Ben Simon (of Crypto for Charity), who I met through Web of Change, reached out to me to provide support for the ongoing protest movement in Iran. In addition to our work at United for Iran, I’m also happy to recommend the Abdorrahman Boroumand Center for Human Rights in Iran, both of which have been working on human rights in Iran for over a decade.

Our organisation, United for Iran, is an independent nonprofit based in the San Francisco Bay Area. Our work aims to improve human rights conditions in Iran, increase the capacity of civil society, and engage citizens through technology. The Abdorrahman Boroumand Center for Human Rights in Iran works to promote the creation of a stable democracy in Iran by promoting human rights awareness through educational initiatives.

The Boroumand Center was established by the daughters of Abdorrahman Boroumand, an Iranian lawyer and pro-democracy activist who was assassinated by agents of the Islamic Republic in his home in Paris, France. Since then, a large part of the Boroumand Center’s work and identity has been formed through the creation and maintenance of the Omid (Hope) database, which chronicles information on individuals who have been murdered by the Islamic Republic. Omid creates a space where the bravest and boldest Iranians can still be with us; a space where their legacies may not only be remembered, but also signifies the future Iran we strive to create. The Omid database aims to create a space where families and friends of those murdered can not only grieve, but imagine and work toward a future Iran where truth, justice, and accountability can take hold.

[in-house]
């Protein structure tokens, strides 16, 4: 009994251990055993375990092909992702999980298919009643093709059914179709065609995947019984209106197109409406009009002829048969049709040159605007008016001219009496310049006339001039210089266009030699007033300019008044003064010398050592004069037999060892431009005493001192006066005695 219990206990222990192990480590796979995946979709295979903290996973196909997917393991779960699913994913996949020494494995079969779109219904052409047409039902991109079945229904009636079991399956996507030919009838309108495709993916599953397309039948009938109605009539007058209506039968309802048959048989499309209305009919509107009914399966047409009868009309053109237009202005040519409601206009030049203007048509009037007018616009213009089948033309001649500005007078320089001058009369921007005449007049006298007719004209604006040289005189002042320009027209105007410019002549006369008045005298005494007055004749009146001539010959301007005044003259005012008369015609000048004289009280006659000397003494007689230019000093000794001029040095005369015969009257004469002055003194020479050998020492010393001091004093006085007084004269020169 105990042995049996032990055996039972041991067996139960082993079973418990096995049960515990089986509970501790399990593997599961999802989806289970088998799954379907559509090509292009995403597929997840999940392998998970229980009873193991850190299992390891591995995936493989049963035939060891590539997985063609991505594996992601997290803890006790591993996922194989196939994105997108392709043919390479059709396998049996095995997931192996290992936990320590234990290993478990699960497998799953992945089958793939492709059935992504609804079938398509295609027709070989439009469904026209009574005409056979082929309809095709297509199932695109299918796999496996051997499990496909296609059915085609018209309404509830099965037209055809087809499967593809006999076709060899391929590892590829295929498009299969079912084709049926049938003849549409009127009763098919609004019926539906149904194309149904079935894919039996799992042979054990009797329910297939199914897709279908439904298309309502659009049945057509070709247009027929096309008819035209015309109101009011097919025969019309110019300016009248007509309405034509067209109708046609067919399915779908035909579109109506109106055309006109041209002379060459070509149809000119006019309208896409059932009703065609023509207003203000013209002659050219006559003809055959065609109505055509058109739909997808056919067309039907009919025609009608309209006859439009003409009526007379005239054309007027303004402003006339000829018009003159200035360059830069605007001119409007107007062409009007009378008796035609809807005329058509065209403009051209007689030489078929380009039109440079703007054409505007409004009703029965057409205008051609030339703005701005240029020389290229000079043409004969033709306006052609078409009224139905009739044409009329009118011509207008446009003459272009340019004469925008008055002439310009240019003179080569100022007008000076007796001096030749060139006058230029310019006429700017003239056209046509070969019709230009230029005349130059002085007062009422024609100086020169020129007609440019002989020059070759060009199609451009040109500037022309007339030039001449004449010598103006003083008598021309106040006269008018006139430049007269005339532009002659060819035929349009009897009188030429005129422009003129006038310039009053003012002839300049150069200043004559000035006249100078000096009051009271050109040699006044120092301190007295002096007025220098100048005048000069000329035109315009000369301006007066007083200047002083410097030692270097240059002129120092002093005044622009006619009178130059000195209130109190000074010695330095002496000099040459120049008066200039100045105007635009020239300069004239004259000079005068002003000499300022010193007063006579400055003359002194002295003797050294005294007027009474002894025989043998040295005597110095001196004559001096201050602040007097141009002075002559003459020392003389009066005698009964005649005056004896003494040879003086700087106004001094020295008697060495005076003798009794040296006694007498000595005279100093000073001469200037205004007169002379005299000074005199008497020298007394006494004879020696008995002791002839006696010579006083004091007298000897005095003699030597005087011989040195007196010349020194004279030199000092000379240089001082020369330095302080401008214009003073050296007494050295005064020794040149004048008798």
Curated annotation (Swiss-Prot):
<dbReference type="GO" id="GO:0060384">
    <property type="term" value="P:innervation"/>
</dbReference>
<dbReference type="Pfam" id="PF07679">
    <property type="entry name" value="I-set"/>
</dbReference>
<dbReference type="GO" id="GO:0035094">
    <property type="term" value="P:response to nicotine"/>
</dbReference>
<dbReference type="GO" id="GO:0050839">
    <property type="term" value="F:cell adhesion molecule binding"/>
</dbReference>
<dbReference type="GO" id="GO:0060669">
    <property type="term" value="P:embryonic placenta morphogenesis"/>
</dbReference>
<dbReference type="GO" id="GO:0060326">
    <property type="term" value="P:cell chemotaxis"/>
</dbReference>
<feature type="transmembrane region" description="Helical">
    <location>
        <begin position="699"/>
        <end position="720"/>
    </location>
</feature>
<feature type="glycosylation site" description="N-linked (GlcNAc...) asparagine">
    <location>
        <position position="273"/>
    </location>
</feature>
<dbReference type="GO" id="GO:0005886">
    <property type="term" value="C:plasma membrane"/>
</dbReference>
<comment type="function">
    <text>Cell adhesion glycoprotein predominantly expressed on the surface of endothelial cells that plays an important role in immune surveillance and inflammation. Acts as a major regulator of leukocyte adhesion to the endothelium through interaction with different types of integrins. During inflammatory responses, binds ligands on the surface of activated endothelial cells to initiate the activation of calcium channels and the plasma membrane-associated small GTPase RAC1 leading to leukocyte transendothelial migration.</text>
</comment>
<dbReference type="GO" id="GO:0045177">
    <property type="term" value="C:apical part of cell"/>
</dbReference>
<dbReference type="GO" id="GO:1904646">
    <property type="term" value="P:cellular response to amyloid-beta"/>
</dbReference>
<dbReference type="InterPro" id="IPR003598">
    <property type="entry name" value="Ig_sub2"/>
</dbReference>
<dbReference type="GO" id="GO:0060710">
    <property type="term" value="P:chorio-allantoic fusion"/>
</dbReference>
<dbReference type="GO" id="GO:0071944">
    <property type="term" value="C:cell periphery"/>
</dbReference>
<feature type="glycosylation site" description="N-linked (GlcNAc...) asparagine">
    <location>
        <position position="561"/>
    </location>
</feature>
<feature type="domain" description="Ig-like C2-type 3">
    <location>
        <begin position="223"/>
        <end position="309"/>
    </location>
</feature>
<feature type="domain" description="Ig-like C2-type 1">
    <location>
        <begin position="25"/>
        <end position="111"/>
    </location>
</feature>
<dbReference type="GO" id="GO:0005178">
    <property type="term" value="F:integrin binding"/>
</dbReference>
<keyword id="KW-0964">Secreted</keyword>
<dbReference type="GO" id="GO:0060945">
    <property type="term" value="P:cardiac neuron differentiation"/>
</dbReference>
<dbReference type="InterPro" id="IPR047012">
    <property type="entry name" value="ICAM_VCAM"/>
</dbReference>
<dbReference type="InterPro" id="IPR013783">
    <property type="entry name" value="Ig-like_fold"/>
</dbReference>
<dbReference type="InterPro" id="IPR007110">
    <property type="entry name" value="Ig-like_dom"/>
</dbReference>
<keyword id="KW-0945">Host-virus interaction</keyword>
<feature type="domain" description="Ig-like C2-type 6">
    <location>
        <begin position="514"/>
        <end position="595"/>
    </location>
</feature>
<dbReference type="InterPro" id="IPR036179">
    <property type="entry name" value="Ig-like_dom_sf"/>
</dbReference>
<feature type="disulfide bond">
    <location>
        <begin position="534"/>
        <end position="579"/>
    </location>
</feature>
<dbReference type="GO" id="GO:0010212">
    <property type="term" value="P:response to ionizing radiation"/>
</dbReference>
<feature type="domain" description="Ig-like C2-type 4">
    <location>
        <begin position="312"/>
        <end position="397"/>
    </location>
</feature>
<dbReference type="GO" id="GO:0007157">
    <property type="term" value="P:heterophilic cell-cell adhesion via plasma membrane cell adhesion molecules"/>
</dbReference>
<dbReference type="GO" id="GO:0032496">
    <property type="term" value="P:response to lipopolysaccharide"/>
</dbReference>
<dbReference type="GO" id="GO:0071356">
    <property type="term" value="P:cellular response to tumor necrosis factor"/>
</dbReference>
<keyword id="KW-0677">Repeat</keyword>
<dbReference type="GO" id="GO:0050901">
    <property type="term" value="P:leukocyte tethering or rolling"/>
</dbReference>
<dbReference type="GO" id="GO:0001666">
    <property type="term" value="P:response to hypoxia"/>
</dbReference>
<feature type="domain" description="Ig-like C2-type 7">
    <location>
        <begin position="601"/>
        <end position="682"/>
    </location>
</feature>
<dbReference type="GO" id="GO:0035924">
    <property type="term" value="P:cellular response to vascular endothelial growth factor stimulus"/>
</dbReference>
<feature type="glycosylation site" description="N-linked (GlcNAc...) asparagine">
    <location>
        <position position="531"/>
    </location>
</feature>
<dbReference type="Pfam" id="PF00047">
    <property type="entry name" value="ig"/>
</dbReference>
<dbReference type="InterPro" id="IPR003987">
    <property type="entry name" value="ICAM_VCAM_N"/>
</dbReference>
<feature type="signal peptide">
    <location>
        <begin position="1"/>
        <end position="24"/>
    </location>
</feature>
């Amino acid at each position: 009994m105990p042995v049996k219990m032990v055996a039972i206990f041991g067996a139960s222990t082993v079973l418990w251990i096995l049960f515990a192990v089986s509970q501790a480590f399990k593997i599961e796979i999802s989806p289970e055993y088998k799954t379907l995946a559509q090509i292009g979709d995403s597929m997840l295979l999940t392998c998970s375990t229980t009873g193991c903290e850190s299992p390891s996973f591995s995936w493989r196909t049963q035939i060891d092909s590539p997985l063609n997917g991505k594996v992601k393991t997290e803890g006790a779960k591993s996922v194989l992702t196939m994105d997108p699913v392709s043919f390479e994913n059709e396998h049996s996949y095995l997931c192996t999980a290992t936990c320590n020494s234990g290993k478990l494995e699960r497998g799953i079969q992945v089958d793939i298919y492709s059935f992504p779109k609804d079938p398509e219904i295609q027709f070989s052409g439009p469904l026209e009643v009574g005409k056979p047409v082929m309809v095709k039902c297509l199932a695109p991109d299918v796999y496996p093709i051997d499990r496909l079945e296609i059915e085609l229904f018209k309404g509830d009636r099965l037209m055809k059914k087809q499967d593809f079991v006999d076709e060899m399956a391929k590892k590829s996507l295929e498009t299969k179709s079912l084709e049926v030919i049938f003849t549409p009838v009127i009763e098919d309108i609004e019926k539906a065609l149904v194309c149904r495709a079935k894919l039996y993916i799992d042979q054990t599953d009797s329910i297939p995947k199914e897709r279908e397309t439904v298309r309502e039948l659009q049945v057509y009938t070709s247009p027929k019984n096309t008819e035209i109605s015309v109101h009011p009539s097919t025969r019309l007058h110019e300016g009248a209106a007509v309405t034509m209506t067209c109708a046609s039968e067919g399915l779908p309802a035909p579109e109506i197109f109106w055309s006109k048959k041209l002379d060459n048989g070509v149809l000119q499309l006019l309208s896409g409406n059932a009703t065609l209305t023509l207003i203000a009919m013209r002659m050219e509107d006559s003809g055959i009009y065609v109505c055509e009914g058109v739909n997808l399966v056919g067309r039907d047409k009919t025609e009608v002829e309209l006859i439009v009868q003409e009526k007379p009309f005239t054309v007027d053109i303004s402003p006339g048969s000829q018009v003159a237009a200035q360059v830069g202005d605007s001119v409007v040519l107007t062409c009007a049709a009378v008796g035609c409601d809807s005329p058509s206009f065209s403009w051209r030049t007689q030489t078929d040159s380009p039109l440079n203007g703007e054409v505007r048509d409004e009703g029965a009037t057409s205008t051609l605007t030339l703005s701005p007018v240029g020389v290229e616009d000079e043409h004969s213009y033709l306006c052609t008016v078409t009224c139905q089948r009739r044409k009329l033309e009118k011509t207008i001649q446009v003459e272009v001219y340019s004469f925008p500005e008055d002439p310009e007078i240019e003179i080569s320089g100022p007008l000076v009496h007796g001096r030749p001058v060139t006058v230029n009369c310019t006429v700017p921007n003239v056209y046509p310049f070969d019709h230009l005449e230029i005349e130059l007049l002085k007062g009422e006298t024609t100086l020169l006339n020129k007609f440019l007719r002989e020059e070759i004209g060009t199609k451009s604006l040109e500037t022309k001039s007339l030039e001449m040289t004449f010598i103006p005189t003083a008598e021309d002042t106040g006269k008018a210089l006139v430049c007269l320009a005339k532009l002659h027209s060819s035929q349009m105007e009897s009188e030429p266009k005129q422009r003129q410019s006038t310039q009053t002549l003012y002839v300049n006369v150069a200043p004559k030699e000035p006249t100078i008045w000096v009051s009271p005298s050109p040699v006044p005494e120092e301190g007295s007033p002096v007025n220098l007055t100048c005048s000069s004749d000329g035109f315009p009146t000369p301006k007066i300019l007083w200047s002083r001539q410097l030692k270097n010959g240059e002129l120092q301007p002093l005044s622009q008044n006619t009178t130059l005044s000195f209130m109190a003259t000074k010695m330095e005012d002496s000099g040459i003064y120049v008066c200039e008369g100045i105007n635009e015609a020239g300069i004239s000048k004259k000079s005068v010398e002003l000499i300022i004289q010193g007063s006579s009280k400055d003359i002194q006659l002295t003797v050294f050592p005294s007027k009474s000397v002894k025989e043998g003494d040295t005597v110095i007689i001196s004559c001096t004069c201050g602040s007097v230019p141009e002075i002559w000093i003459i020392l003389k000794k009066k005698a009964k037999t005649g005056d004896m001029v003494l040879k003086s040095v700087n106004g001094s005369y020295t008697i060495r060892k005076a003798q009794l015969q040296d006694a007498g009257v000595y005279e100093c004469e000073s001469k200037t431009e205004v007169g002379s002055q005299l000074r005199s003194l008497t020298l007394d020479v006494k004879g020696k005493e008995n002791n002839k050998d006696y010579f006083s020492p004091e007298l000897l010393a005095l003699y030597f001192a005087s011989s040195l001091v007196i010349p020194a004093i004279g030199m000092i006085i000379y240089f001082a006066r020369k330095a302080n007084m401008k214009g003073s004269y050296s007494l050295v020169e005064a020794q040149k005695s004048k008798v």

The Boroumand Center also supports extensive in-country work and advocacy efforts. As an example, this week Ladan Boroumand and other Iranian activists met with French President Emmanuel Macron to discuss matters in Iran. Since that meeting, Macron has become the first head of state to recognize the ongoing protests as a “revolution” – an explicit recognition of the people’s movement and its demands.

It is an honour to recommend the Boroumand Center and in a small way support their indispensable efforts. We thank you so much for your support of our collective work. This is a critical time for Iran, and it is crucial that we all do what we can to ensure the success of the movement. A democratic Iran would be a powerful signal against global tendencies toward authoritarian movements, and would have significant ripple effects in the region and throughout the world.